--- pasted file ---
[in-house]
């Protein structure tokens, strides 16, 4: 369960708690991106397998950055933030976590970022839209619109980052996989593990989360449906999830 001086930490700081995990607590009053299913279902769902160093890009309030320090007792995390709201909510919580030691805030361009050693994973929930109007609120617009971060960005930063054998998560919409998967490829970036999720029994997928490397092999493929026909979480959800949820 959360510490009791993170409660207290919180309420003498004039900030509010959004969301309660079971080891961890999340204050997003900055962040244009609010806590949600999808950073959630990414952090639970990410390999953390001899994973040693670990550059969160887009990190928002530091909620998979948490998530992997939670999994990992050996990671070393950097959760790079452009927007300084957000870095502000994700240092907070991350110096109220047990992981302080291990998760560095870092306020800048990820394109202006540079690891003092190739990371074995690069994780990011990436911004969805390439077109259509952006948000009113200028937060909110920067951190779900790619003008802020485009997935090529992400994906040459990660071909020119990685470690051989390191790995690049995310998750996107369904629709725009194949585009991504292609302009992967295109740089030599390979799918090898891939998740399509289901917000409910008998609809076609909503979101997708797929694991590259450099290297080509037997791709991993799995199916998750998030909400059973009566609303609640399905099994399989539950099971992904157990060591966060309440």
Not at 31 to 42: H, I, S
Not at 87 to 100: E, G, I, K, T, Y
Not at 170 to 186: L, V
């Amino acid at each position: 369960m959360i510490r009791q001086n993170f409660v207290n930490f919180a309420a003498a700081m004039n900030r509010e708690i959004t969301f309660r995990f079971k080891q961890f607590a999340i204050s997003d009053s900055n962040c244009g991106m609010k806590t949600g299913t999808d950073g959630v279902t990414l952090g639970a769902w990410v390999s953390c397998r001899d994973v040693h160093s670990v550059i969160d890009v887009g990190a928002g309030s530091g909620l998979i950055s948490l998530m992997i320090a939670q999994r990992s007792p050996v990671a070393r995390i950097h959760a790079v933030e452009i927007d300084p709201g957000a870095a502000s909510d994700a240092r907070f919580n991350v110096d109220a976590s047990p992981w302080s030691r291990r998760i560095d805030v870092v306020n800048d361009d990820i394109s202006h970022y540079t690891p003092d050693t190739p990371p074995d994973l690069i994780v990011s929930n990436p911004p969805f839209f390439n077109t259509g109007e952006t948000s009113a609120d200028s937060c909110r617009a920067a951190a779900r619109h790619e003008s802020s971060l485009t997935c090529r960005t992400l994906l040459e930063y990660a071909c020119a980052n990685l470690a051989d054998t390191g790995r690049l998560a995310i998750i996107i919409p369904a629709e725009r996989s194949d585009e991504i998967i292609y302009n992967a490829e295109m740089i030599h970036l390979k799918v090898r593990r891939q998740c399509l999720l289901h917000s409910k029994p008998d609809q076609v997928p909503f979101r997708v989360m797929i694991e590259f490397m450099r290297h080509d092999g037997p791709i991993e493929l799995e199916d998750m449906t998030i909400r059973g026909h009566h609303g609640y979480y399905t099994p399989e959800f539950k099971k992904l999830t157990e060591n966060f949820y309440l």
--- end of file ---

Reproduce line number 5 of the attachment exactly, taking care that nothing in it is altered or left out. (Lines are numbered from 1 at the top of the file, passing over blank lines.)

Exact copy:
Not at 170 to 186: L, V